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Best Entry-Level Camera for Beginners 2020 | Reviews

Nov 18, 2020• Proven solutions

If you are just getting started in the world of videography and photography, you may be curious about your options. What is the best camera for beginners to use? Can you find the best entry level camera without spending a lot of money on it?

In this article, we are going to share what you need to look for in a great camera. Plus, we’re going to help you look at the different digital cameras for beginners so that you can find one that is right for you and your needs.

Part 1: How Do I Choose a Camera

There are hundreds of cameras available to choose from. How do you know which one is going to be right for your purposes? Here’s a quick look at some of the most important traits that you’ll want to keep an eye out for during your search.

  • Portability: If you want to make sure that you can take your camera with you everywhere, then a simple point and click option may be perfect for what you’re looking for. While these typically have a fixed lens, the technology for these cameras have gotten a lot better at providing flexibility and excellent results, as well. In many cases, beginners benefit from using a simple point-and-click camera at first.
  • Budget: You always want to be sure that you look at price when you’re looking at beginner cameras. More often than not, you’re going to want to get something that is relatively affordable without sacrificing quality. You may not know whether or not you want to pursue this whole picture and video hobby, and a cheaper camera will make it easier to sell if you find it’s not for you.
  • Lenses: If you’re someone that is looking to step into something a little more complicated, you may also want the flexibility to switch out the lenses that you’re using. Point and click cameras typically don’t have this capability, but you can still find some reasonably affordable options that allow for you to switch lenses in and out.

Camera Options for Beginners

1. Nikon D3500

Nikon D3500

Specifications:

  • 5 Frames Per Second
  • Automatic Focus
  • 100-25600 ISO
  • 7 megapixels maximum resolution
  • 3x Optical Zoom
  • 86 lbs.

The Nikon D3500 is a very easy to use digital camera for beginners that allows for “point and shoot” use. Its compact and lightweight design makes it easy for you to take, wherever you may be headed. Not only can you take pictures with it, but it does have the ability to film 1080P full HD videos if you want it to, as well.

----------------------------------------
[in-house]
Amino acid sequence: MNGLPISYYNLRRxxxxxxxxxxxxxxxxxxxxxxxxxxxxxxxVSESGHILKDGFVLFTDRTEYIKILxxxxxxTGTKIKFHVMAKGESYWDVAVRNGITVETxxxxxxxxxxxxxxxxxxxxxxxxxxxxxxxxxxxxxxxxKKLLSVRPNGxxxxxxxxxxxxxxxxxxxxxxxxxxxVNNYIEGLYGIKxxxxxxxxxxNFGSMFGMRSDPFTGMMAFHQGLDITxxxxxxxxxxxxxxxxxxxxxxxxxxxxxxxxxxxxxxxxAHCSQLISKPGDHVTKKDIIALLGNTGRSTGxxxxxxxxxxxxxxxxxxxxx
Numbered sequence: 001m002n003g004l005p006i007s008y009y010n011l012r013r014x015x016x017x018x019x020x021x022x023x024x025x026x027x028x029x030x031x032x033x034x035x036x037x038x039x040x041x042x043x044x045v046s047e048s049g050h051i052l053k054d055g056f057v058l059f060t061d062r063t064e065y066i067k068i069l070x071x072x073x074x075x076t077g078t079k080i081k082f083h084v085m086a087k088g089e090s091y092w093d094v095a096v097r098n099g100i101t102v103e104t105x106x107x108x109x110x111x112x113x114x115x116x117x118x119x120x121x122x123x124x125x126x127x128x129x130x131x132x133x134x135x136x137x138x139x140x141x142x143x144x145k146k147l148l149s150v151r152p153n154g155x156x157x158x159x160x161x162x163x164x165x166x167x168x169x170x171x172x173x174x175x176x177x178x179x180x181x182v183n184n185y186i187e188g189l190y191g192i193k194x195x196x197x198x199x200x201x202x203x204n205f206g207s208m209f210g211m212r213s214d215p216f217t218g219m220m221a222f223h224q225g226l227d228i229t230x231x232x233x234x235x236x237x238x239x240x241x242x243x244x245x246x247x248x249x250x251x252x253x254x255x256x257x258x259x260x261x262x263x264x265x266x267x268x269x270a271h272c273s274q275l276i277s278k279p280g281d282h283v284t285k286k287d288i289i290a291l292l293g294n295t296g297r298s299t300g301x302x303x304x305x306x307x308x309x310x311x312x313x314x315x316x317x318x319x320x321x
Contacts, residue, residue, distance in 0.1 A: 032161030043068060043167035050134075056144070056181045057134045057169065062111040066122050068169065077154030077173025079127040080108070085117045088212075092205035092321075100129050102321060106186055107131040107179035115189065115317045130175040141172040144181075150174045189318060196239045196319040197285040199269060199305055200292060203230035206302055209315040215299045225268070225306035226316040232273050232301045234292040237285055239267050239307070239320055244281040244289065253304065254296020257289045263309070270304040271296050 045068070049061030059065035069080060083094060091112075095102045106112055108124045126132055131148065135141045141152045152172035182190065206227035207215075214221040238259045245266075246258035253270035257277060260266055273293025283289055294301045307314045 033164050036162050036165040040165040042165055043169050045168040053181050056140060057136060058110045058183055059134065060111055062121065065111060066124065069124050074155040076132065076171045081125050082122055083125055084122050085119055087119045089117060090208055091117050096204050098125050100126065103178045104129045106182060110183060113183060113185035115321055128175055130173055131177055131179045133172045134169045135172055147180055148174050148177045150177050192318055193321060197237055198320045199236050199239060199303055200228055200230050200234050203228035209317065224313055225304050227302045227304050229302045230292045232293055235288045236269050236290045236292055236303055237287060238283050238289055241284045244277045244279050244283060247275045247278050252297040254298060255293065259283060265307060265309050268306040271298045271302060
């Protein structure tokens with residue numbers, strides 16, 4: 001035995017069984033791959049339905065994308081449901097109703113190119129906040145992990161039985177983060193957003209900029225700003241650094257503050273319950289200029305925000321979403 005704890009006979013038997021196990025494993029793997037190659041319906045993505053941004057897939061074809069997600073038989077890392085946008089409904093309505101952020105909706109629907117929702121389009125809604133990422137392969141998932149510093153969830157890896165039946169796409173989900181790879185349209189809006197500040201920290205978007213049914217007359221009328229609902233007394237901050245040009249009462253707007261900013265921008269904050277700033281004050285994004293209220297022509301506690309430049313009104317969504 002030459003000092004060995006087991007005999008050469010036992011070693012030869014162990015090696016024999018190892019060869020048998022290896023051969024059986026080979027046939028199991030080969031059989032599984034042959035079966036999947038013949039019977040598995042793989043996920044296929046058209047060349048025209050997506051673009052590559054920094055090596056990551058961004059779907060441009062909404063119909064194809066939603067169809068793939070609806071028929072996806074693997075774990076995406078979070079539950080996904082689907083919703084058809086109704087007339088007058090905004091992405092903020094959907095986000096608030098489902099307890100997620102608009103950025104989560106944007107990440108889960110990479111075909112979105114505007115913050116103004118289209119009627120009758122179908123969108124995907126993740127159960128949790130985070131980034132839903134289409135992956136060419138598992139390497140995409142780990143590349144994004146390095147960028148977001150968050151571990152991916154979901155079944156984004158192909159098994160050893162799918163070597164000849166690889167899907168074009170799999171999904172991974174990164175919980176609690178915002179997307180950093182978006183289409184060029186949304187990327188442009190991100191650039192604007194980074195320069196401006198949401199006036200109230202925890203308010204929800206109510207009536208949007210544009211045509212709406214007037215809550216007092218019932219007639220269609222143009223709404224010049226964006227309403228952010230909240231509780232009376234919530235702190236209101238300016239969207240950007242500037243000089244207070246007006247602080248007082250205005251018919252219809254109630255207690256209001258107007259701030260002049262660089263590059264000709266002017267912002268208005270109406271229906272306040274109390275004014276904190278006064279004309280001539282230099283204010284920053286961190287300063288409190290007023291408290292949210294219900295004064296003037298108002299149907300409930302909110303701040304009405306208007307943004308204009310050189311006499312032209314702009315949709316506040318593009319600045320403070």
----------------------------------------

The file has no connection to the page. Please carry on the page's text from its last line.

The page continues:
Pros: High-quality white balance, easy to shoot with one hand, clear lens, and easy to clean and maintain.

Cons: The immense number of menu options can be confusing to beginner photographers. No touch screen available for use. No microphone port; videos only use the on-board mic.

2. Sony A6000

Sony A600

Specifications:

  • Focus sensitivity range EV 0 to EV 20.
  • ISO 100 to 25600 (options to expand to 51200)
  • Compatible with all Sony E mount lenses
  • 24 MP APS C CMOS Sensor
  • 11 FPS continuous shooting
  • 3 inch LCD with tilting capabilities
  • 360 picture battery life

Get creative and have fun with this top-end mirrorless DSLR that can get you the best pictures at the highest speeds. Whether candid, fast action, or still, this camera has one of the world’s fastest autofocus options available. The A6000 can get 11 pictures in one second, is simple to use, and small enough to put in a pocket.

Pros: The a6000 has multiple lenses and is very easy to adapt to your photography style. Many people consider it to be the best entry-level camera for the price. It can also use a remote, so you can get in the picture if you please.

Cons: Some users complain of battery drain. People with more experience may be concerned with the fact that you can’t do bracketed shoots with a delay. The unit also overheats on occasion.

3. EOS Rebel T7

EOS Rebel T7

Specifications:

  • 1 Megapixels
  • CMOS sensor of 100-6400, with expandability to 12800.
  • Wi-Fi and NFC technology built-in
  • 9 point autofocus system
  • 95% viewing coverage with optical viewfinder
  • 3 inch LCD screen

The EOS Rebel T7 is an excellent way for people who typically share pictures via their mobile devices to take those pictures with a high-end camera. The fast autofocus, high-end sensor, and wireless connectivity allow for you to get the perfect shot every single time that you’re out and about.